@Link068, the “whole” circuit is obtained when you combine both circuits. This sensor has elements which vary their resistance based on the concentration of some gases. In order to operate the sensors need to be heated above a specified temperature. Thus the circuit on the left. The FET in that circuit, as @ScruffR pointed out, allows you to “accelerate” the pre-heating of the NOx element by allowing more current to flow through the heating resistors (82 ohms) after which it can be disabled for normal operation. The CO sensor doesn’t seem to need this.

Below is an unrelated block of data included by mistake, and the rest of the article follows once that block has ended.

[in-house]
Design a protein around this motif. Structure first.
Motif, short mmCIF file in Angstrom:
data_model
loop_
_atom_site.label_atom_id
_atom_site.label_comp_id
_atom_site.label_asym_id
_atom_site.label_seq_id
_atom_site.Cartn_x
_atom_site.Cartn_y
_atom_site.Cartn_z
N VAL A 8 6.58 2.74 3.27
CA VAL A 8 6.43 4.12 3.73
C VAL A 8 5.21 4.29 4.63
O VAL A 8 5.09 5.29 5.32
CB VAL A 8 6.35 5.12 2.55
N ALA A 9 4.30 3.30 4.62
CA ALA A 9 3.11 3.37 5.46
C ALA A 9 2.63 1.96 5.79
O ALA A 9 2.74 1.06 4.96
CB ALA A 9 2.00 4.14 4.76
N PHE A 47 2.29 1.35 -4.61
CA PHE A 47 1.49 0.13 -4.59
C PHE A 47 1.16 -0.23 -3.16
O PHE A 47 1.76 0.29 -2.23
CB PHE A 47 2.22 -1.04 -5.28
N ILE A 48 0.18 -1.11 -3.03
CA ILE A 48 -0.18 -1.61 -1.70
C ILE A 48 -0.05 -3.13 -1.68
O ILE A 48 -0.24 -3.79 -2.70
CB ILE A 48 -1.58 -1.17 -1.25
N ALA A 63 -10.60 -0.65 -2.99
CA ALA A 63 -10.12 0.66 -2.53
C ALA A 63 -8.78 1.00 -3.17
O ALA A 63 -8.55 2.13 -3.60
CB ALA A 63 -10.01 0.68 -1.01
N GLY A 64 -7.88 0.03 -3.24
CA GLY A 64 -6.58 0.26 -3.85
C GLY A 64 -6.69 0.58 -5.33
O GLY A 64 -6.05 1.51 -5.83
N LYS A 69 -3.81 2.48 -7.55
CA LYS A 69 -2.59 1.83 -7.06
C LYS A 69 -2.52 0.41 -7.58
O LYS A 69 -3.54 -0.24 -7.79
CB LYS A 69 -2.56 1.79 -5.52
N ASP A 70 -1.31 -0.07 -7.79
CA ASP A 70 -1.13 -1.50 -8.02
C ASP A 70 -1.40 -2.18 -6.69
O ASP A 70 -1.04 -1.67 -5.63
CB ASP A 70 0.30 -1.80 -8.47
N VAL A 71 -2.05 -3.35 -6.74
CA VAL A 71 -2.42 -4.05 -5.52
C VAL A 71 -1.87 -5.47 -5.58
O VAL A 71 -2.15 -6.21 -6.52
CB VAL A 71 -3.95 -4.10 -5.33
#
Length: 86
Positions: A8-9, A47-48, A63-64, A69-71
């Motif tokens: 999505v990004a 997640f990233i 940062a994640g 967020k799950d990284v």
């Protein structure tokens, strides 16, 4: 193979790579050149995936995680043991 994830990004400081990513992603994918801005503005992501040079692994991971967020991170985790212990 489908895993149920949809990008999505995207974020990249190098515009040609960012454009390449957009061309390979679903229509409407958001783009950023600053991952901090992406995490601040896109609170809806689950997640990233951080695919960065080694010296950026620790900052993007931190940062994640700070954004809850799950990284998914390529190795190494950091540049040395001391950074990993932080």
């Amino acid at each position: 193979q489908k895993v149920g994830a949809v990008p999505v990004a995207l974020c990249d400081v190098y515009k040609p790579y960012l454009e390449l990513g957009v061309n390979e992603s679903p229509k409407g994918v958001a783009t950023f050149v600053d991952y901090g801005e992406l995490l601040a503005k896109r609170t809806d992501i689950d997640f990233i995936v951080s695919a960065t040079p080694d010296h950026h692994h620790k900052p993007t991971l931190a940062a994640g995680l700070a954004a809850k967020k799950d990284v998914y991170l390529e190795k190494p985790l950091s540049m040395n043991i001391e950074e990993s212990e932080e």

The right side of the (whole) circuit creates a voltage divider between each sensing element and a resistor of no less than 820 ohms. The voltage is measured at the junction of the element and the associated resistor. As you may have deduced, the voltage at each junction is proportional the concentration of the (reactive) gases on each sensor.
So basically, you heat up the sensors to their operating range and read the voltage on the output of each sensor. FYI, many resistive type sensors operate this way.